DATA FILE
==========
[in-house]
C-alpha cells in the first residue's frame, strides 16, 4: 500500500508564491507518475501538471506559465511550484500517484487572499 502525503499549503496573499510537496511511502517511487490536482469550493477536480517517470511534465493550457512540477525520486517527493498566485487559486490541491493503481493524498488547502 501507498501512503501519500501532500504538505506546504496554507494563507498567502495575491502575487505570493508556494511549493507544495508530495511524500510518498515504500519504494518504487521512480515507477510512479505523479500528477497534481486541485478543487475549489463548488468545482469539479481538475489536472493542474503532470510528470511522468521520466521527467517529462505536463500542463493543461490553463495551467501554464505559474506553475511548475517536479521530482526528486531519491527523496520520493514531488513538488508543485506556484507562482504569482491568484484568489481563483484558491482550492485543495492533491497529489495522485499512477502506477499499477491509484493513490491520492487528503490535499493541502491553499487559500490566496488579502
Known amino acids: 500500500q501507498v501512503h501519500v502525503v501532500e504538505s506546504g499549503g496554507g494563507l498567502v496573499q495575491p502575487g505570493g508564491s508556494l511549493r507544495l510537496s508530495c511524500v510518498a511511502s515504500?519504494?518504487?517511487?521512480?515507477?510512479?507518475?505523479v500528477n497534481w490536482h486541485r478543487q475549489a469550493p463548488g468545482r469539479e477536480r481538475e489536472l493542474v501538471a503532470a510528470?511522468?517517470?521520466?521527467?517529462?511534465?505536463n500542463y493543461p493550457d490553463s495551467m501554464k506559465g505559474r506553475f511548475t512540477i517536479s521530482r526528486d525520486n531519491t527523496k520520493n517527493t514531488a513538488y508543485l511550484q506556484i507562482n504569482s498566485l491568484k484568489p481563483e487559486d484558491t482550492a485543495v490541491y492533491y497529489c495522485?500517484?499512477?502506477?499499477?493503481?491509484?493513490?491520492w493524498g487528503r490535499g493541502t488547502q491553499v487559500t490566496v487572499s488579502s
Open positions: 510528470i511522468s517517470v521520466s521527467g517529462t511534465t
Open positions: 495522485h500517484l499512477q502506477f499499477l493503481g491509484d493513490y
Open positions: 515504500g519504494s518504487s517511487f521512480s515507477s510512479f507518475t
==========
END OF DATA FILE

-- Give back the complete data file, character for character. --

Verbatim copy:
[in-house]
C-alpha cells in the first residue's frame, strides 16, 4: 500500500508564491507518475501538471506559465511550484500517484487572499 502525503499549503496573499510537496511511502517511487490536482469550493477536480517517470511534465493550457512540477525520486517527493498566485487559486490541491493503481493524498488547502 501507498501512503501519500501532500504538505506546504496554507494563507498567502495575491502575487505570493508556494511549493507544495508530495511524500510518498515504500519504494518504487521512480515507477510512479505523479500528477497534481486541485478543487475549489463548488468545482469539479481538475489536472493542474503532470510528470511522468521520466521527467517529462505536463500542463493543461490553463495551467501554464505559474506553475511548475517536479521530482526528486531519491527523496520520493514531488513538488508543485506556484507562482504569482491568484484568489481563483484558491482550492485543495492533491497529489495522485499512477502506477499499477491509484493513490491520492487528503490535499493541502491553499487559500490566496488579502
Known amino acids: 500500500q501507498v501512503h501519500v502525503v501532500e504538505s506546504g499549503g496554507g494563507l498567502v496573499q495575491p502575487g505570493g508564491s508556494l511549493r507544495l510537496s508530495c511524500v510518498a511511502s515504500?519504494?518504487?517511487?521512480?515507477?510512479?507518475?505523479v500528477n497534481w490536482h486541485r478543487q475549489a469550493p463548488g468545482r469539479e477536480r481538475e489536472l493542474v501538471a503532470a510528470?511522468?517517470?521520466?521527467?517529462?511534465?505536463n500542463y493543461p493550457d490553463s495551467m501554464k506559465g505559474r506553475f511548475t512540477i517536479s521530482r526528486d525520486n531519491t527523496k520520493n517527493t514531488a513538488y508543485l511550484q506556484i507562482n504569482s498566485l491568484k484568489p481563483e487559486d484558491t482550492a485543495v490541491y492533491y497529489c495522485?500517484?499512477?502506477?499499477?493503481?491509484?493513490?491520492w493524498g487528503r490535499g493541502t488547502q491553499v487559500t490566496v487572499s488579502s
Open positions: 510528470i511522468s517517470v521520466s521527467g517529462t511534465t
Open positions: 495522485h500517484l499512477q502506477f499499477l493503481g491509484d493513490y
Open positions: 515504500g519504494s518504487s517511487f521512480s515507477s510512479f507518475t